The print sector has a higher representation of women than average in UK manufacturing, but it still has a way to go to achieve parity, according to the latest BPIF figures.
In a report published last week, it was shown that the UK print industry is made up of 69% men and 31% women, while the manufacturing sector on a whole employs 75% men and 25% women. Across all UK workers, there is near-parity with 53% men and 47% women.
Acording to the report, women have their strongest representation in non-production print roles, 37%, compared to 28% of production staff being female.
While pay overall in print is on average lower regardless of gender than the median in manufacturing industries, its average hourly pay gap between genders was also found to be glaring, with men earning a median £13.29 per hour to women’s £11.82, representing a pay gap of 11% compared to the national gap of 8.6%.
BPIF marketing director Amy Hutchinson said: “By showing the position we are in now it gives the industry clarity and allows companies to view these stats and then do something to address the issue, if there is one within their company.
“This very much varies from company to company and from department to department through the industry, but on average we certainly see more male employees than female currently.
“The BPIF supports equal gender opportunities and through their management training are encouraging more women to progress to senior roles within the industry.
“We are also always pleased to support initiatives across the industry such as The Victoria Print Network launched by Kelly O’Sullivan from Sainsbury’s which encourages women in print to share stories and support each other.”
Earlier this month, Sainsbury’s print management controller Kelly O’Sullivan announced the launch of the Victoria network, an online group hosted on LinkedIn to connect women in the print industry at various levels of experience and seniority.
With the initial plan to swap stories and advice purely online, O’Sullivan aims to run events and set up mentor/mentee connections in the coming months.
Reacting to the BPIF’s latest figures, she said: “I am not surprised by the figures. I would say that from my experience, most women are in account management and customer services and if you look at sales, senior management and executive roles, these are much more skewed to men.
“For the print industry, it has improved a little over the years, but there is so much more we can do. Not only can women help themselves by being brave and pushing themselves forward, businesses can make such a difference by offering flexibility to work patterns, being open-minded when interviewing, or rethinking how job ads are written as they are often written using words that are attractive to men rather than women.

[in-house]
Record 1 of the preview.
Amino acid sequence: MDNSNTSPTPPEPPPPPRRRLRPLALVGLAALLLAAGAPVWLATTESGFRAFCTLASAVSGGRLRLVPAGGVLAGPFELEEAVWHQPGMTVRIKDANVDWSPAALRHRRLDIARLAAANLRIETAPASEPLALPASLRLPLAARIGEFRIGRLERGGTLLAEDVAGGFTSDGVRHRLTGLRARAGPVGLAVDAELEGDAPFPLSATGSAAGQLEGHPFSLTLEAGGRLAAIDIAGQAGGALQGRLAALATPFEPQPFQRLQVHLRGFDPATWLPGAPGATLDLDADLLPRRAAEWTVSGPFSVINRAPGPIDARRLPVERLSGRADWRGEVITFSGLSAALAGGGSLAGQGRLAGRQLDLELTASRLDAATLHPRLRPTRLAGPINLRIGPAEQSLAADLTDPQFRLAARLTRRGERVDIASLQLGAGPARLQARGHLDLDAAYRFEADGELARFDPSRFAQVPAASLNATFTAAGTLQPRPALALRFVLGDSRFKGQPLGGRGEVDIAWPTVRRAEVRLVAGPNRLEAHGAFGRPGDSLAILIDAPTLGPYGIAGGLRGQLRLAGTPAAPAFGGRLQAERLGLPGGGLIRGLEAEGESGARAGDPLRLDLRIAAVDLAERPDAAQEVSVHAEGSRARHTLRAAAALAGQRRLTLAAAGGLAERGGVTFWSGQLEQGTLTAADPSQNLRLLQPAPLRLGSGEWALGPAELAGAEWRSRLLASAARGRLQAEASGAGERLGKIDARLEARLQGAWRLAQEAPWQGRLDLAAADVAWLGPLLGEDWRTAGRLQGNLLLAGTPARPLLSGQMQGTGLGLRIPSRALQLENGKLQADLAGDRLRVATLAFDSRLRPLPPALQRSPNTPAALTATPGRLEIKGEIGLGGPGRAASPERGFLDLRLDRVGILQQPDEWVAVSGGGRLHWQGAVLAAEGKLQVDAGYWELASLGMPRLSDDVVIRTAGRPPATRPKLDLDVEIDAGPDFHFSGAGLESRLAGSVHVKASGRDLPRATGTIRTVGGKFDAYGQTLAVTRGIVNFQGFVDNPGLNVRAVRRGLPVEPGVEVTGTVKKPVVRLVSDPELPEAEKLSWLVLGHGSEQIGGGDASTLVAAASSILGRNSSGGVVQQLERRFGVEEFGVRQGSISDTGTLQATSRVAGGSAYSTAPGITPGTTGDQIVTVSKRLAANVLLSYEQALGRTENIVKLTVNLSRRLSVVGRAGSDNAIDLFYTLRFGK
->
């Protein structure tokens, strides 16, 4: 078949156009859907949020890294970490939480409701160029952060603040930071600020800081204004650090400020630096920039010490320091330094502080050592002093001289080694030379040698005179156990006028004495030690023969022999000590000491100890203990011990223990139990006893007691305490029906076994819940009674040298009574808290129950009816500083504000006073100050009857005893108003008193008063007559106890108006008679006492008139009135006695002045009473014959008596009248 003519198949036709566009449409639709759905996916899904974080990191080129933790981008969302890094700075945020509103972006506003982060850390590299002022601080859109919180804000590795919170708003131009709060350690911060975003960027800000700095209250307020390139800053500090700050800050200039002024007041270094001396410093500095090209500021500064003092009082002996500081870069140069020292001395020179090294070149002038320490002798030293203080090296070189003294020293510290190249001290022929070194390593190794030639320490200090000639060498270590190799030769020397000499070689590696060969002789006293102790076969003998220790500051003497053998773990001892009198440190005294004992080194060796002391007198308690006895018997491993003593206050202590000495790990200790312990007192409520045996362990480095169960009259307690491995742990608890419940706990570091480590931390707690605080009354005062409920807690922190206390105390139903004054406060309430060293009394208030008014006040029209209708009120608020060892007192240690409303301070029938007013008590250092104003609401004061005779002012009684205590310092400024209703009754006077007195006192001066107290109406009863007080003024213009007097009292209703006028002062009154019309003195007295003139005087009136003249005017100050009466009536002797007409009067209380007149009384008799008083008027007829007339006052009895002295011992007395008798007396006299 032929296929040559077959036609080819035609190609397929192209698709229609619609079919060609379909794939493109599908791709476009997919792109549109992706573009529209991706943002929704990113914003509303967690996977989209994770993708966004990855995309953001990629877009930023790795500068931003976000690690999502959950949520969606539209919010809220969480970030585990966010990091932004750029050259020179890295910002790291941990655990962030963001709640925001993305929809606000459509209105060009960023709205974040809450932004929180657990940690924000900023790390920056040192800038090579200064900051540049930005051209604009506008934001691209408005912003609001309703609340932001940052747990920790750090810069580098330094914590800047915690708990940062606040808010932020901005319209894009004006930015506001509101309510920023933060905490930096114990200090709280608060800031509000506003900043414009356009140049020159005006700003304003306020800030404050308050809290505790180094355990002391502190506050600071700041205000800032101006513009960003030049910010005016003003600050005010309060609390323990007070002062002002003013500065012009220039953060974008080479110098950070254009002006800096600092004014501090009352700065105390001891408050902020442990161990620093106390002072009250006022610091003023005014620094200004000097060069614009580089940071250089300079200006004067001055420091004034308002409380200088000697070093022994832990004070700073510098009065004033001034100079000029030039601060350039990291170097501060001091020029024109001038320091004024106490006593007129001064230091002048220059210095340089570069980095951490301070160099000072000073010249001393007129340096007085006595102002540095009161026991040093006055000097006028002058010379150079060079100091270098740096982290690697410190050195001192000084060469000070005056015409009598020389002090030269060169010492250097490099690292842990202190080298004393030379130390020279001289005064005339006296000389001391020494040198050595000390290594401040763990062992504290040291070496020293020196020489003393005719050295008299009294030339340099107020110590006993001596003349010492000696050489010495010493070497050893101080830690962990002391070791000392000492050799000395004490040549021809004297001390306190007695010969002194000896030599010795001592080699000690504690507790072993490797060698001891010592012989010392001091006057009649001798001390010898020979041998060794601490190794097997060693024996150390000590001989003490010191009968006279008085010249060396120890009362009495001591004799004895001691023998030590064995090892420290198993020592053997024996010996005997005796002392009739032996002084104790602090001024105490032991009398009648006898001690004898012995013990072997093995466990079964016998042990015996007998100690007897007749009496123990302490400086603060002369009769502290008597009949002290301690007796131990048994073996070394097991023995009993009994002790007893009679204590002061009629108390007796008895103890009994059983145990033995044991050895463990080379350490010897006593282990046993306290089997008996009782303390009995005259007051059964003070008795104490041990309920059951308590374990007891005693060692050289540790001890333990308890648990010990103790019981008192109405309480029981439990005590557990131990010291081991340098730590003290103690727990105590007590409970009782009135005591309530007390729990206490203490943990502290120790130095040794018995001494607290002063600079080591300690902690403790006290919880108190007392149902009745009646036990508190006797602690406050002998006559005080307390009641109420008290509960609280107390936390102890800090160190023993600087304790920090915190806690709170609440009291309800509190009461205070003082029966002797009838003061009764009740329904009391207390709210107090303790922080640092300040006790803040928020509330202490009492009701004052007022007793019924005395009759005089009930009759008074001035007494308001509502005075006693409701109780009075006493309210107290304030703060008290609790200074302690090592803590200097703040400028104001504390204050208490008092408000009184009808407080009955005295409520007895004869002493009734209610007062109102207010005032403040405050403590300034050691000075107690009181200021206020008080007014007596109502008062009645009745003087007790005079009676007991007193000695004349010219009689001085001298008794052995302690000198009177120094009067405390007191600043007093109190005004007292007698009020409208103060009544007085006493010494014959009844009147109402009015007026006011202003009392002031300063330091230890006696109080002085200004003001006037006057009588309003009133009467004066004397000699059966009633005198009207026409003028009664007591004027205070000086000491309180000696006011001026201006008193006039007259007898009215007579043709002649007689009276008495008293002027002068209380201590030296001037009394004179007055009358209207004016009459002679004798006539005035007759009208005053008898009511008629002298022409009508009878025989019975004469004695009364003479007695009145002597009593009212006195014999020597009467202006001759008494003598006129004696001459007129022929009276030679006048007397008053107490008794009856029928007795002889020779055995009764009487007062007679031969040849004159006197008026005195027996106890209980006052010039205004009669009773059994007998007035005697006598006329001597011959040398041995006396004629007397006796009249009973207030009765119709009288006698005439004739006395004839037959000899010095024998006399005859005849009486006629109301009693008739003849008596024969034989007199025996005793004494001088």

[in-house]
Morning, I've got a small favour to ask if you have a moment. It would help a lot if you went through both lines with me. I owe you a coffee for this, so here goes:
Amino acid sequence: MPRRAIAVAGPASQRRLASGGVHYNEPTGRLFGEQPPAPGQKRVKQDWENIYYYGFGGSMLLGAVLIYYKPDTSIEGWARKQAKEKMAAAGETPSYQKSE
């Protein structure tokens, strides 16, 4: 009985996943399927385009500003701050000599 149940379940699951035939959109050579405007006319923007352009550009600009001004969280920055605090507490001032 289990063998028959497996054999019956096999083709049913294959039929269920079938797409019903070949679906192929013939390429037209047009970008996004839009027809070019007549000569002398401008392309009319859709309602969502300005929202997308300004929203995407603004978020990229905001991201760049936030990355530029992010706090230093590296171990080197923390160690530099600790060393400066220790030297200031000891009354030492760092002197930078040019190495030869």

“These small steps can open up more opportunities for women. I would ask businesses to check out gender balance stats in their business and then begin to put a plan in place to support parity.”
“We cannot achieve gender parity without men,” she added. “They can support by encouraging gender balance in the workplace, being aware of unconscious bias, and sharing responsibilities at home so that everyone can have their ideal work-life balance.”
Gender representation across skilled print jobs varied in the BPIF’s figures, though remains less than 40% in all instances – 33% of pre-press technicians are women, 24% of printers, 26% of finishing and binding workers and 37% of printing machine assistants.
Women working as printers are subject to by far the widest pay gap at 31.5%.
Jacky Sidebottom-Every, who has worked up to the position of joint managing director since starting at Stockport-based Glossop Cartons in 1985, is hopeful that things will improve in time.
Speaking to PrintWeek about gender disparity in the print sector earlier this month, she said: “In my 35 years in the industry, I have never questioned it as a place for a woman to work. My sisters and I have always enjoyed it and succeeded in ensuring the success of the company. I have never felt that my gender placed me at a disadvantage.
“I am led to believe that the younger generation is less discriminatory than some of its predecessors, and it is becoming quite normal to see female as well as male apprentices. This is all playing a role in the industry’s evolution towards becoming more progressive and gender balanced.”
CSM Live head of public sector and client operations Beccy Young, also speaking earlier this month, saw the answer in print’s next generation.
She said: “We must make sure we are inspiring others, sharing stories of success and understanding that we are role models for the young female team members that are coming through the ranks.
“Our young teams are just starting their careers, the knowledge and guidance we teach them now will mould their path and that’s a really important role. 50% of my job involves mentoring and if you can get that right, installing the passion, drive, quality and consistency, that’s what will continue to keep everyone thriving.”